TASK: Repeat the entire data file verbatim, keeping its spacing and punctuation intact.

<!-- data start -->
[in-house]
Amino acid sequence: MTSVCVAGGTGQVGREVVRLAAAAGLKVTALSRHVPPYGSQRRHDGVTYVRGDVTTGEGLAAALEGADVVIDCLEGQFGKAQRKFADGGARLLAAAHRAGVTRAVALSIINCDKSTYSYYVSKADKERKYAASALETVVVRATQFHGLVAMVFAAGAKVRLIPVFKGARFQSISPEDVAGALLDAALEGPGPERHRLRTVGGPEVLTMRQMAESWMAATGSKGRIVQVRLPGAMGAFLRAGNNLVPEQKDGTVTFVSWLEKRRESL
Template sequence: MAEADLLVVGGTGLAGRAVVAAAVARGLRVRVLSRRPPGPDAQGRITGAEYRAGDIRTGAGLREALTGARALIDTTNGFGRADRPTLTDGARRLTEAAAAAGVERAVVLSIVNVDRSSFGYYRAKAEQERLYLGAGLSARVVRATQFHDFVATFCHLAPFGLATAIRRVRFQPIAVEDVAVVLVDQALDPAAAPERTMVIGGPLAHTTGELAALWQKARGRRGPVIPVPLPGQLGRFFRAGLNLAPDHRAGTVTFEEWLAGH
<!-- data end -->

[in-house]
Amino acid sequence: MTSVCVAGGTGQVGREVVRLAAAAGLKVTALSRHVPPYGSQRRHDGVTYVRGDVTTGEGLAAALEGADVVIDCLEGQFGKAQRKFADGGARLLAAAHRAGVTRAVALSIINCDKSTYSYYVSKADKERKYAASALETVVVRATQFHGLVAMVFAAGAKVRLIPVFKGARFQSISPEDVAGALLDAALEGPGPERHRLRTVGGPEVLTMRQMAESWMAATGSKGRIVQVRLPGAMGAFLRAGNNLVPEQKDGTVTFVSWLEKRRESL
Template sequence: MAEADLLVVGGTGLAGRAVVAAAVARGLRVRVLSRRPPGPDAQGRITGAEYRAGDIRTGAGLREALTGARALIDTTNGFGRADRPTLTDGARRLTEAAAAAGVERAVVLSIVNVDRSSFGYYRAKAEQERLYLGAGLSARVVRATQFHDFVATFCHLAPFGLATAIRRVRFQPIAVEDVAVVLVDQALDPAAAPERTMVIGGPLAHTTGELAALWQKARGRRGPVIPVPLPGQLGRFFRAGLNLAPDHRAGTVTFEEWLAGH